Looking for a piece of the action in the red-hot wireless market, BroadVision over the next few months will add wireless capabilities to some of its electronic business software, allowing businesses to distribute information and services to a range of mobile devices, a company executive said this week.
The Redwood City, California-based company develops software that allows businesses to offer commerce, billing, banking and other services to customers over the Web. Other BroadVision products let businesses build corporate portals where workers can use the Internet to access corporate information.
BroadVision will add wireless capabilities to those applications, enabling companies and their employees to access information from devices such as mobile phones, handheld computers and other devices, said Barry Briggs, vice president and chief technology officer with BroadVision's advanced technologies group.
The company is riding a growing tide of interest in the wireless Web, which many analysts see as a booming market. BroadVision will be forced to compete against a raft of larger rivals such as OracleMobile, the wireless subsidiary of Oracle Corp., as well as smaller, more specialized players like Phone.com Inc.
The first two applications from BroadVision to be wirelessly enabled -- One-to-One Retail Commerce and One-to-One Financial -- should be ready for release in three to four months, with others to follow in the future, Briggs said. These applications will allow customers to perform tasks like shop for consumer goods, check their bank balance and transfer funds when they are on the move.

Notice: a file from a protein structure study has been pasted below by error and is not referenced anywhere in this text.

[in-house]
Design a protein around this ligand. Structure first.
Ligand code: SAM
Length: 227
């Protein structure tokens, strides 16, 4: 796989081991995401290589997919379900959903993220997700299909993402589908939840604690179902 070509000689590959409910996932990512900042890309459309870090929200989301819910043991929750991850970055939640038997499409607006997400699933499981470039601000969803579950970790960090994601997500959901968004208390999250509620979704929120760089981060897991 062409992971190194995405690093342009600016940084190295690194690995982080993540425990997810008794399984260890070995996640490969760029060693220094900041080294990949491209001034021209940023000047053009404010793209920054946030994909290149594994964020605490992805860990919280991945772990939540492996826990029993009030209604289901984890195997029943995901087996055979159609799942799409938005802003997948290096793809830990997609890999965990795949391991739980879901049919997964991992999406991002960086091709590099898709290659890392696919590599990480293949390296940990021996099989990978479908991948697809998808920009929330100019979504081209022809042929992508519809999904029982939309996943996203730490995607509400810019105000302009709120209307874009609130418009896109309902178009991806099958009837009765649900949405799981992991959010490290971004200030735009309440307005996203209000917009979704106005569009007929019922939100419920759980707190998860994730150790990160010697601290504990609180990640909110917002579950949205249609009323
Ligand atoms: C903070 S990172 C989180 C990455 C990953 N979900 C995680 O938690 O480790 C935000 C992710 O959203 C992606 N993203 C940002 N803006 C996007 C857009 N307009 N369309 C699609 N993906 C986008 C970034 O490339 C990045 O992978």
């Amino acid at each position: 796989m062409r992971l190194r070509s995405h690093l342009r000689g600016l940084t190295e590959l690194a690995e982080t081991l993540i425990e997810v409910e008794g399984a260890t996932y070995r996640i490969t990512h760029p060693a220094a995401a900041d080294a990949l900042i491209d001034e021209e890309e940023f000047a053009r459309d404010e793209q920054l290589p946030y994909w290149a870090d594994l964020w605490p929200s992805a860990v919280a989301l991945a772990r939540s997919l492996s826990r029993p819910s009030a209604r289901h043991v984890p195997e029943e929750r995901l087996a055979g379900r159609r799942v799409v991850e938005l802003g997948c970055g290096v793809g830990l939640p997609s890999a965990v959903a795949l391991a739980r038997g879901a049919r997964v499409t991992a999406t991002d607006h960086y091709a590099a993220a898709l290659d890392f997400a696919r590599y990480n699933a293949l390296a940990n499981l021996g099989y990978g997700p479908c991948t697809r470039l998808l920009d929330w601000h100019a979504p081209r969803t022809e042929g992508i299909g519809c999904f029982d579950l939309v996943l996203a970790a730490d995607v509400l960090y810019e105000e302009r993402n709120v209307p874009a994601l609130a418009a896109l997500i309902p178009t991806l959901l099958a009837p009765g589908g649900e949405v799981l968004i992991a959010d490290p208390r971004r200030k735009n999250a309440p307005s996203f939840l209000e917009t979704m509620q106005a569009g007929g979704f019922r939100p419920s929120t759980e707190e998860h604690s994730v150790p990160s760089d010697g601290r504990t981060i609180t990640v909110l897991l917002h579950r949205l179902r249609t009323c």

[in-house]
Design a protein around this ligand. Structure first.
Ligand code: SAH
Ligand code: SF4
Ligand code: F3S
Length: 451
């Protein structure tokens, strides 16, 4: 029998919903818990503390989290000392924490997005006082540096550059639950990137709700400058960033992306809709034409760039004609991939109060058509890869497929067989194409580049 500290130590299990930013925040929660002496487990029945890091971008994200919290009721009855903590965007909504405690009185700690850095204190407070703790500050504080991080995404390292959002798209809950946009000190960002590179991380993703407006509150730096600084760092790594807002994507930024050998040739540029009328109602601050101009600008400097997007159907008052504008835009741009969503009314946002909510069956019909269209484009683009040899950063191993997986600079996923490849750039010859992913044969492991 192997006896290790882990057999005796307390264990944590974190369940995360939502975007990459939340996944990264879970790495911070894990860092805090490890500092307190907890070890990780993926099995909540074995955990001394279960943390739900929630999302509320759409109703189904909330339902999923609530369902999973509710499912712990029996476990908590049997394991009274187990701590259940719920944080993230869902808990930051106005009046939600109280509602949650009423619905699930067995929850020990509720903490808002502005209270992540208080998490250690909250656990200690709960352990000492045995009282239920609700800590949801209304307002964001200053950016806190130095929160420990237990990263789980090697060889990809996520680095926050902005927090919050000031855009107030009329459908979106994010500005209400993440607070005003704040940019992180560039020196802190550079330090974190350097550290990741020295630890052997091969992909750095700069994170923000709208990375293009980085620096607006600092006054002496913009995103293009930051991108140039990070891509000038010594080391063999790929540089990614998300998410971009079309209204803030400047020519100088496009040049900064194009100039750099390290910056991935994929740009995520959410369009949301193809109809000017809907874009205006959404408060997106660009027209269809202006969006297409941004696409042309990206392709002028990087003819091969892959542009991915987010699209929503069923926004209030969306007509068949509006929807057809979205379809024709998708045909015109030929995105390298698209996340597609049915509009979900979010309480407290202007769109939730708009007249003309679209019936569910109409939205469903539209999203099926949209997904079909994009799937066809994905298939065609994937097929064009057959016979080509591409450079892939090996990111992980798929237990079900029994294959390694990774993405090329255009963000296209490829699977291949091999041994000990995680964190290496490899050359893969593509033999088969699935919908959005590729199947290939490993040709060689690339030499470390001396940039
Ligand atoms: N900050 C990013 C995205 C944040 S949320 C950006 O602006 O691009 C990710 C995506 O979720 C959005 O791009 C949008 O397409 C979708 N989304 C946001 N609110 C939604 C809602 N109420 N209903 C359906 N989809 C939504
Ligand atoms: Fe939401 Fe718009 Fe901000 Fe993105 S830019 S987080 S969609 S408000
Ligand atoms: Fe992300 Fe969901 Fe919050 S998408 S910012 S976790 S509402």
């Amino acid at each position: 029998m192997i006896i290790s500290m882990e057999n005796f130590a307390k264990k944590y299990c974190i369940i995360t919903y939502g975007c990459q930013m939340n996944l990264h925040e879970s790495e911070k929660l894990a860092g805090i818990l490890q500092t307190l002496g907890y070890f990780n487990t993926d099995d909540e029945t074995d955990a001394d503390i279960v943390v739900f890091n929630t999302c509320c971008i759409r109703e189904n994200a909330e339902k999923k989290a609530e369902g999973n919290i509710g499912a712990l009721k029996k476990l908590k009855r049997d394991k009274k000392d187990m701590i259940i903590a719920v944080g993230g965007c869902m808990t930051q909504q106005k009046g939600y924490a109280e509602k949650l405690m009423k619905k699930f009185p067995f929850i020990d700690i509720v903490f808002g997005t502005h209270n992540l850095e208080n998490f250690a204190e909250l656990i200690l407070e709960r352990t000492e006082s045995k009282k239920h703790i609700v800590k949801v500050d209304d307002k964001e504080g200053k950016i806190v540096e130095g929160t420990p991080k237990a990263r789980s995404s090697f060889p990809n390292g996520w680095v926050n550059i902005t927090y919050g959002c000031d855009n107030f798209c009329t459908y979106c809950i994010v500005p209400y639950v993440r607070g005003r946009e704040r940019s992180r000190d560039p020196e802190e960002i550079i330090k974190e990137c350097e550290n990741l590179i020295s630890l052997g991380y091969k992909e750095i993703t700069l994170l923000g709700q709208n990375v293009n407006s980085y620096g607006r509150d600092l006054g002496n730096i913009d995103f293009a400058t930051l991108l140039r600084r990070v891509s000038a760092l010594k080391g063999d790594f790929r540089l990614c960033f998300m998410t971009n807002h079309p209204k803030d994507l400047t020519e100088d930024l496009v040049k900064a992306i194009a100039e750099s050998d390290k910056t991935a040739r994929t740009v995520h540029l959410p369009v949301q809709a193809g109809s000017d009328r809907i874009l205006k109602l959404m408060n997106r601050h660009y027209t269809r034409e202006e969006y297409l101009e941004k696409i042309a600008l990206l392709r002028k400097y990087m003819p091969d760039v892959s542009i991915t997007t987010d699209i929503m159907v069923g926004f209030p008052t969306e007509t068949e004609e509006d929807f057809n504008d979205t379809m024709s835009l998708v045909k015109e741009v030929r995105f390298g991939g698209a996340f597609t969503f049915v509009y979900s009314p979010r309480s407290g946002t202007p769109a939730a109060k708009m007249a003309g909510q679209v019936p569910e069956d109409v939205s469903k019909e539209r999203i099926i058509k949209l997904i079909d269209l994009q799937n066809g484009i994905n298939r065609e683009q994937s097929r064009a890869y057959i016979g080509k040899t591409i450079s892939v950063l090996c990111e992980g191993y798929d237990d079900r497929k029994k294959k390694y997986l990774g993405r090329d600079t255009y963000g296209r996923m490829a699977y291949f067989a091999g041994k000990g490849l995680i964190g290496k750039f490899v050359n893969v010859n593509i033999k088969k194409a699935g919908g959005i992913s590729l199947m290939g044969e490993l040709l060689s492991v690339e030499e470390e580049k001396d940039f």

The company is also developing two technologies for One-to-One Publishing, its content management system, that will reformat data on the fly and deliver it to customers depending on their identity and what type of device they are using.
One of the technologies is a kind of "Web serving engine" that will take data stored in the XML (extensible markup language) format and convert it, using XSL (extensible stylesheet language), into the appropriate format for the device being used, Briggs said. Mobile phones, for example, use WML (wireless markup language), while handheld computers from Palm Inc. use a subset of HTML (hypertext markup language).
The other technology will allow companies to offer more "personalized" information that is location- and time-sensitive to the user. So, for example, an entertainment site could dish up information about a movie that is playing soon at a theater near to where the user is located, Briggs said. BroadVision hopes to include that capability with One-to-One Publishing by the first quarter of 2001.
"The next wave in the Web will be... the ability to filter information based not only on who the user is, what type of business rules apply, and what type of device they are using, but also more transient information, such as their current location, the time of day and so forth," Briggs predicted.
The opportunity is a global one, he said. In Japan, for example, NTT DoCoMo's wireless Internet and data service has attracted more than 8 million users since it was launched about 18 months ago, and the Japanese carrier expects to reach 10 million users by the end of this month, according to Briggs.
BroadVision acquired some of its XML technology through the acquisition in January of Interleaf Inc. for about $877 million. [See "BroadVision to Buy Interleaf for US$877 Million," Jan. 27.]BroadVision, in Redwood City, California, can be reached at +1-650-261-5100 or at http://www.broadvision.com/.